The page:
|u·su·ry (yoo'zhe-ree) n.pl. u·su·ries
1. The practice of lending money and charging the borrower interest, especially at an exorbitant or illegally high rate. 2. An excessive or illegally high rate of interest charged on borrowed money.
3. Archaic. Interest charged or paid on a loan.
Usury and Dante's vision of Hell
Dante's Hell by Bartokomeo, c.1420
History of Usury
The History of Consumer Credit
Dante Aligheri: Dante and Money
An Overview from Biblical and Modern Perspectives
Dante's Divine Comedy: Seventh Circle
With credit to James M. Ackerman, Interest Rates and the Law: A History of Usury, 1981, Arizona St. L.J.61 (1981)
Detail from Dante's Hell by Bartokomeo,
Published by EH.NET (August 2000)
Rosa-Maria Gelpi and François Julien-Labruyère, The History of Consumer Credit: Doctrines and Practices. Translated by Mn Liam Gavin. New York: St. Martin's Press, 2000. ISBN 0-312-22415-X.
Reviewed for EH.NET by Lendol G. Calder, Department of History, Augustana College, Rock Island, IL.
Is credit good for us? Dante didn't think so. In his Inferno, we find usurers consigned to the seventh circle of hell, doomed to "roam round and round" among their fellow inmates, the blasphemers, murderers, sodomites, and others who practiced violence against God and nature. Dante doesn't say so, but he leaves us free to speculate that moneylenders continue to practice their trade in hell, lending money at interest to the damned. If so, it would make Visa's claim to be "everywhere you want to be" seem a little too modest! But enough of this credit bashing, plead the authors of this little volume on the history of consumer credit. According to Rosa-Maria Gelpi and François Julien-Labruyère, credit is too often made to be a scapegoat during times of social and economic crises, so that even today when we look more kindly on credit than Dante, consumer credit continues to be blamed for everything from business recessions to personal bankruptcies to society's moral degeneracy. It's enormously unfair, argue Gelpi and Julien-Labruyère, who invite us to accompany them on a "stroll through history" that will reveal just how good credit really is for us. As "the cornerstone" of economic growth (p. 84), as "one of the greatest promoters of social mobility" (p. 171), and as the "single greatest factor of social integration" (p. 95), they conclude that consumer credit is one of the most reliable indicators of advanced civilization, if not an important cause of it.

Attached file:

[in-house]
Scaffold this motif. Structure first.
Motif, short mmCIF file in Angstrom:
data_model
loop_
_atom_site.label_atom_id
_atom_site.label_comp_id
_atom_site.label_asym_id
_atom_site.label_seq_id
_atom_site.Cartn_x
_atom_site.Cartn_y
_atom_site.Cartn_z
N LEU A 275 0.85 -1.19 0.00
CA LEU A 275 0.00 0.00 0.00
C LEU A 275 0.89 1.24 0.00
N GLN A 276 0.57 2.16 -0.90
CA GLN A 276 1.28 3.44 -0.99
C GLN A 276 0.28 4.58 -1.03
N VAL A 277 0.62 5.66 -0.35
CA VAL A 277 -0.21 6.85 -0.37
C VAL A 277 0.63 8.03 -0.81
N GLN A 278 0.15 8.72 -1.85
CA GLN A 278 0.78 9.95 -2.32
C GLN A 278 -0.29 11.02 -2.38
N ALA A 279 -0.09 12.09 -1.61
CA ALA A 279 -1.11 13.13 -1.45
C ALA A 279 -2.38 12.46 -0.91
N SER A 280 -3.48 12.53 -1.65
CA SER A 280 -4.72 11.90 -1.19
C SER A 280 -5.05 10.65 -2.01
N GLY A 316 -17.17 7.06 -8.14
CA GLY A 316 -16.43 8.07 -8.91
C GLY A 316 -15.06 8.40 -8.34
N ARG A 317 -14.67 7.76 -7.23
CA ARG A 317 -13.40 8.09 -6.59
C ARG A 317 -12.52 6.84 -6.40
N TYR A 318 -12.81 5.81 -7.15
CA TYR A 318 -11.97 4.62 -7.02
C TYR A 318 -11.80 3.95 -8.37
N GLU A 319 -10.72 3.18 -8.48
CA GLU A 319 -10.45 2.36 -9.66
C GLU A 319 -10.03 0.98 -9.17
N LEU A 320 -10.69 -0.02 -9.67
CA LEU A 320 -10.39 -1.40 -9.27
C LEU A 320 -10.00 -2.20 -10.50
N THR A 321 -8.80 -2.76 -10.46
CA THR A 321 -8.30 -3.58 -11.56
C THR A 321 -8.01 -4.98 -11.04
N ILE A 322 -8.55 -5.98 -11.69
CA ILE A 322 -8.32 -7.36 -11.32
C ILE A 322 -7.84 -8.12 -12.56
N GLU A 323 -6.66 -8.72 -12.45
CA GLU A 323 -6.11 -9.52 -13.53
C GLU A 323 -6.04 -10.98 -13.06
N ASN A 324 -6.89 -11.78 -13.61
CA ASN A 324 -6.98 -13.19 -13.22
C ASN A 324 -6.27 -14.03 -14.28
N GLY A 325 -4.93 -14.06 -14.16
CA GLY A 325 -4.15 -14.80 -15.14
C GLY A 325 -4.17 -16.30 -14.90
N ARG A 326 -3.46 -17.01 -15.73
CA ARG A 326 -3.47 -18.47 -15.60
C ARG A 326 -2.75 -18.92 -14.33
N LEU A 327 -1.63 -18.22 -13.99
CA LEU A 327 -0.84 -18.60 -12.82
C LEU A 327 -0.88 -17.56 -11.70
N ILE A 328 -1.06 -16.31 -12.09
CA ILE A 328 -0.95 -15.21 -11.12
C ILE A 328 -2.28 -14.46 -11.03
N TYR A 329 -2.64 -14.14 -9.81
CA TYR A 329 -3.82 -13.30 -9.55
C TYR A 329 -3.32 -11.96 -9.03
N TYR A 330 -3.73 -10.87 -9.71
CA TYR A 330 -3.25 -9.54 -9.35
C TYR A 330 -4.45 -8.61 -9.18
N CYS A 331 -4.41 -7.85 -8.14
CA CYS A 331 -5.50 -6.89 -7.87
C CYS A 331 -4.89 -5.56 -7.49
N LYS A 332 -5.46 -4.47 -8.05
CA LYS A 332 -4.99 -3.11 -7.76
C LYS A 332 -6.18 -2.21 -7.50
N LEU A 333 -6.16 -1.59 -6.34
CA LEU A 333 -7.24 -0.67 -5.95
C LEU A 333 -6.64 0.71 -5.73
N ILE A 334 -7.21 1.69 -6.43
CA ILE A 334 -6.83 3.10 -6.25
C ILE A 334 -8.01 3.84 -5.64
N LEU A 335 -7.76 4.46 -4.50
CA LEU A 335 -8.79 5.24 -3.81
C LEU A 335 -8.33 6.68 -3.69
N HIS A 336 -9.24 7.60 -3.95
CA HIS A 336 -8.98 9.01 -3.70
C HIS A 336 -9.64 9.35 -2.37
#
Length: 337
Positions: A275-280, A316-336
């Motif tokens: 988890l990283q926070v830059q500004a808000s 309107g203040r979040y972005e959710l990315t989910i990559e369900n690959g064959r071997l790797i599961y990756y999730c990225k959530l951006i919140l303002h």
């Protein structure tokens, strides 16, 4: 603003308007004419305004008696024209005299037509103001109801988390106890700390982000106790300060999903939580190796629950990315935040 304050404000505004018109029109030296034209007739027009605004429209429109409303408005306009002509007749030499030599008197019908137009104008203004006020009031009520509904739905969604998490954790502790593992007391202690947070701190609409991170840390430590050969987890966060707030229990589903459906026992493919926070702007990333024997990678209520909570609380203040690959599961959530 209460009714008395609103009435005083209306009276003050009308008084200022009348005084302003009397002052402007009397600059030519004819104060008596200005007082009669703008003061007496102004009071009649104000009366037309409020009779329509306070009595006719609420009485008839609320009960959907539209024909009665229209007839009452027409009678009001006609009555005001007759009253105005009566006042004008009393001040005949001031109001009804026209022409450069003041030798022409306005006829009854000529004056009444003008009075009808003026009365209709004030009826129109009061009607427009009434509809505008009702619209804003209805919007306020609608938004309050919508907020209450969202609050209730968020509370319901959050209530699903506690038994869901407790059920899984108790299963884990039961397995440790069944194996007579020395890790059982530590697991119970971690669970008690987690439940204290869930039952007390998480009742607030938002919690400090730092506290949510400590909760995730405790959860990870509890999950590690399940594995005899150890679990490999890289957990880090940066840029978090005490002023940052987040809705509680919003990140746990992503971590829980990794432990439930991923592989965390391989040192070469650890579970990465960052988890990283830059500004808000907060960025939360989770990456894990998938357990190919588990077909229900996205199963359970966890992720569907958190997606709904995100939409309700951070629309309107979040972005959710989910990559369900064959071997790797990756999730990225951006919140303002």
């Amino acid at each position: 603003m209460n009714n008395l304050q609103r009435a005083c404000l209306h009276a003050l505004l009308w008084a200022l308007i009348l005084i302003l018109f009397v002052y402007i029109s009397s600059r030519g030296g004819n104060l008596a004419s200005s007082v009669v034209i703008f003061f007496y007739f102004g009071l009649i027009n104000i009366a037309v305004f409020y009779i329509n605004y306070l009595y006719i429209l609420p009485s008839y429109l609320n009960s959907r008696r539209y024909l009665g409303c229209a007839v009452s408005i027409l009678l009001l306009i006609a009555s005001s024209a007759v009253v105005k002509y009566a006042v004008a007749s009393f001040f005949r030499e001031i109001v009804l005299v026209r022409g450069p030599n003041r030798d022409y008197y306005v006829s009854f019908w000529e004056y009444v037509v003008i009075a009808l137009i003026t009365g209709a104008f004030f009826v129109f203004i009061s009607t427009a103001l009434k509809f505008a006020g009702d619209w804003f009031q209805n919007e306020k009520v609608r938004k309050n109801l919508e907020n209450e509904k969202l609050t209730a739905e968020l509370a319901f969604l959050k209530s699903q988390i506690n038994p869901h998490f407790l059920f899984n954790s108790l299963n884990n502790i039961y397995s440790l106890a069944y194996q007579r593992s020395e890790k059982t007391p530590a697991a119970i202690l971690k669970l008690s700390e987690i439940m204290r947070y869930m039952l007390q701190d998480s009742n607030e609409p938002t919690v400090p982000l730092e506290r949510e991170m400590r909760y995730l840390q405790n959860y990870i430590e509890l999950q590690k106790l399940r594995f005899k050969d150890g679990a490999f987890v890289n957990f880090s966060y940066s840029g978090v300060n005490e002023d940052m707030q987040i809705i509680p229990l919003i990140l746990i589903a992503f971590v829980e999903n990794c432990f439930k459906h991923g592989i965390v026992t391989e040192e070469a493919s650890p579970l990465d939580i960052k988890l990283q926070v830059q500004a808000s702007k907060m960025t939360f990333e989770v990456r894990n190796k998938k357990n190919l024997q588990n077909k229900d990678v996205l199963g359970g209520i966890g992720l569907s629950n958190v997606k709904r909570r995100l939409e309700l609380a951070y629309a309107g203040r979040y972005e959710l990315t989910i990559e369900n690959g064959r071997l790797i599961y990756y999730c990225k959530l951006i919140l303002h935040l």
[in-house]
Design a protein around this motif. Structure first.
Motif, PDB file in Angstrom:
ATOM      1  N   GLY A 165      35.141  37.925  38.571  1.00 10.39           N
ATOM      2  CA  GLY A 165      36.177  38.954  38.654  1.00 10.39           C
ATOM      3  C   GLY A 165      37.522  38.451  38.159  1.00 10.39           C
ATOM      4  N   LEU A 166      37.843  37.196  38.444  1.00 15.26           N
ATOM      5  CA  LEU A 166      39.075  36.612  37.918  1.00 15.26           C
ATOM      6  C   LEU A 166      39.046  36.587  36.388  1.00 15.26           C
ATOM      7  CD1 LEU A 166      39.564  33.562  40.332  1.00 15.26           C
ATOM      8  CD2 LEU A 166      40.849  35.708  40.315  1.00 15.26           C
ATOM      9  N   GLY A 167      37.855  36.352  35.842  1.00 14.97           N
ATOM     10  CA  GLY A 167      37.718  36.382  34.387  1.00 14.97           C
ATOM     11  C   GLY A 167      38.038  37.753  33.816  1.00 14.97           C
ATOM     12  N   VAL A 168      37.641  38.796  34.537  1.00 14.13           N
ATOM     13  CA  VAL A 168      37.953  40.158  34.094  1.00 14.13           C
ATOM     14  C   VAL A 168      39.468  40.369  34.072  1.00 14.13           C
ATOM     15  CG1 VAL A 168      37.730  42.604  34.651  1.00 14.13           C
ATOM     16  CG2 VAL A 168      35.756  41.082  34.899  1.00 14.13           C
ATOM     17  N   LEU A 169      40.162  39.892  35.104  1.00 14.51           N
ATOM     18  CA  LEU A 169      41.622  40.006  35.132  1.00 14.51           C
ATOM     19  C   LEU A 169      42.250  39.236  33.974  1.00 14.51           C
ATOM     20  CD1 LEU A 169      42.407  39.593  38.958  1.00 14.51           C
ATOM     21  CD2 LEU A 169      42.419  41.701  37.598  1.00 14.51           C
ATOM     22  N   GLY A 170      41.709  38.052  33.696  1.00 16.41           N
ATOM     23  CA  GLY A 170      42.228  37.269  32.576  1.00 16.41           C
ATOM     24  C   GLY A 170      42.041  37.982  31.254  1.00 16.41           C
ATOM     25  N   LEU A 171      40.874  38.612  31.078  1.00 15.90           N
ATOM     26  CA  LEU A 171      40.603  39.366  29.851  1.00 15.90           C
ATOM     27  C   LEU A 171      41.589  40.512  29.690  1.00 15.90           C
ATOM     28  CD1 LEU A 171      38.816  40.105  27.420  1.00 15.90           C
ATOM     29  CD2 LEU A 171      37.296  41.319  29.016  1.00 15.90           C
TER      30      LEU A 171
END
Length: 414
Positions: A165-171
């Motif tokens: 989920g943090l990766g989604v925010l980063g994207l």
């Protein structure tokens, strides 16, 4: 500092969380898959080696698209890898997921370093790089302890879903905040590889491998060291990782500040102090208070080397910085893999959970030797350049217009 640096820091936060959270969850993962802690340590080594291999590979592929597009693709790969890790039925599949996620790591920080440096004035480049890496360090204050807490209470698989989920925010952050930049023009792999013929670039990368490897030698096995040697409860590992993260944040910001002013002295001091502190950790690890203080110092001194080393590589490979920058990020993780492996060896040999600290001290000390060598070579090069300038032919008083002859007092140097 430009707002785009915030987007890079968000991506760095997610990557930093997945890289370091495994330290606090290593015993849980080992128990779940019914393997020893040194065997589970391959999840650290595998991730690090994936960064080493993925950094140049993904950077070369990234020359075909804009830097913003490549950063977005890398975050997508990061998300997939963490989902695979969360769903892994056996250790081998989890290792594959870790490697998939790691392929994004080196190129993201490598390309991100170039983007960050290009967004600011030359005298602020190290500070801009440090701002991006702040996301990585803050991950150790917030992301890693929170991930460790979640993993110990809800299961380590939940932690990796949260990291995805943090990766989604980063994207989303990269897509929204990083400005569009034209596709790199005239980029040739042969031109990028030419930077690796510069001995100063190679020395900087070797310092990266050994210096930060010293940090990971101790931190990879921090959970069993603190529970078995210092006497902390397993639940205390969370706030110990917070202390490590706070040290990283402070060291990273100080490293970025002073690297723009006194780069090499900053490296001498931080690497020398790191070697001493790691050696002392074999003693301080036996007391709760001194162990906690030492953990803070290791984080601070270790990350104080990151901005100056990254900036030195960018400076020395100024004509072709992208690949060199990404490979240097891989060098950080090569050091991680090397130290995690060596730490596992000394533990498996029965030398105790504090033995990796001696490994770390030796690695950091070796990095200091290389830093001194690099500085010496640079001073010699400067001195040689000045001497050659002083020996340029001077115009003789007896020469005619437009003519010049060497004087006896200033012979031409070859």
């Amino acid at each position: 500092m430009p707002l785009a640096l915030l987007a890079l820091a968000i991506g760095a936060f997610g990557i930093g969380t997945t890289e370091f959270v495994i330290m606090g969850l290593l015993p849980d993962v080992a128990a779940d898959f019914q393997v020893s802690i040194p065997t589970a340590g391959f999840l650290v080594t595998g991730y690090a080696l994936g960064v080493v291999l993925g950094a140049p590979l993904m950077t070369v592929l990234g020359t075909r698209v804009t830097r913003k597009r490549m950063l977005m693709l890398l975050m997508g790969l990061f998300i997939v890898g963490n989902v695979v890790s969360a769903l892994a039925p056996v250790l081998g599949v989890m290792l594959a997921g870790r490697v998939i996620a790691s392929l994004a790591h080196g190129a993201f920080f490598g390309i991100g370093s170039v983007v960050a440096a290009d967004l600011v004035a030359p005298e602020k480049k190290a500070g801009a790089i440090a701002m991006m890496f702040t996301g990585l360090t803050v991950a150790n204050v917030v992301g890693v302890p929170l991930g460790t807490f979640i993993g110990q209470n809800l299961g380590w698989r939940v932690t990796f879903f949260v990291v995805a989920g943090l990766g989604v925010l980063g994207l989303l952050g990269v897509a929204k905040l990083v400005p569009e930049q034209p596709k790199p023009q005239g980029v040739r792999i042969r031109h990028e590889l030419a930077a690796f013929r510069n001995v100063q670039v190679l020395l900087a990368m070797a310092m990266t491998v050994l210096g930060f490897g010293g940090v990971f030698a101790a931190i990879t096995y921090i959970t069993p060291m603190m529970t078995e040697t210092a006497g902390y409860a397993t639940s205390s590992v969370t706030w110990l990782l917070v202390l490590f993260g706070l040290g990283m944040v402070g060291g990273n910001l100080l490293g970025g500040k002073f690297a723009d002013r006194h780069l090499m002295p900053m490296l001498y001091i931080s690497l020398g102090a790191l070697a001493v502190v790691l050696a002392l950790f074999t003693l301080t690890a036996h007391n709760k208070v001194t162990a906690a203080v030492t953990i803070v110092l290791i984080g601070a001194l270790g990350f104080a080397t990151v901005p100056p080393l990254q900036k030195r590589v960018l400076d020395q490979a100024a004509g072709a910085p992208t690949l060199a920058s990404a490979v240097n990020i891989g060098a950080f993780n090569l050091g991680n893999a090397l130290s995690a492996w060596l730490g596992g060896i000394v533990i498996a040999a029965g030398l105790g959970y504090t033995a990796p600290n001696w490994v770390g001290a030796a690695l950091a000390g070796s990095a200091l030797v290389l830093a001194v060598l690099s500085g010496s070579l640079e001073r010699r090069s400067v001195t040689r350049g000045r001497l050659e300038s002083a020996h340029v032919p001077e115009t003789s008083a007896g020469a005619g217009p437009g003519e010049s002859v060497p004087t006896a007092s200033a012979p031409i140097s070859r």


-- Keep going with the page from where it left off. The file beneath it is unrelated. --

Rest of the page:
But if all this is true, why has consumer credit had to battle so hard and so long against a shameful stigma of wastefulness and wrongdoing to achieve a moral and economic legitimacy? Gelpi and Julien-Labruyère present their history as a search for the origins of the cloud of bad feeling that surround this most crucial institution of modern consumer societies. The crux of their argument is that present day attitudes about credit-attitudes rarely stated as propositions but that operate instead as a "mute yet active unconscious"-are outmoded and debilitating "hangovers" from an earlier era in the history of western societies, an era when social practices were inspired by theology and ethics rather than by the economy of free markets, as they increasingly are today. In other words, consumer credit struggles against a massive case of "cultural lag." The volume's subtitle-"Doctrines and Practices"-neatly summarizes the tale told in this book. Through the sixteenth century and beyond, legions of shortsighted theologians and philosophers tried to strangle credit in the noose of religious dogma, with the end result that credit was "more or less forbidden but more or less practiced because more or less necessary" (p. 95). But since the Reformation and Enlightenment, and primarily through the shining example of the Americans, religious doctrine has been replaced by economic practice as our fundamental social gyroscope, so that lending and borrowing are increasingly viewed more properly as economic concepts, free of unnecessary moral baggage. Today, in societies where economic "practice" is given primacy over moral and religious "doctrines," a bright future is being built on the basis of economic growth, responsible household budgeting and greater "self-actualization" through credit-financed consumption.
If all this sounds like a textbook case of the "Whig interpretation of history," well, it is, though of a refined and smartly written sort. Both authors are high-ranking officers for Cetelem, the French personal finance company that over the last five decades has worked to modernize European household credit on an American model (Gelpi is also Professor of Economics at the Free University of Lille). Given their day jobs, the authors' spirited defense of consumer credit is hardly surprising. Of the criticism of credit there is no end, which means that Gelpi and Julien-Labruyère are following a well-worn path blazed in the United States in the 1930s by the economist Morris Neifeld, who worked as a credit analyst for Beneficial. Neifeld, whose Personal Finance Comes of Age (1939) resembles the work under review here, labored tirelessly though his writings to elevate the status of his profession. But in terms of eloquence and wit, The History of Consumer Credit sets a new standard for defenses of consumer credit.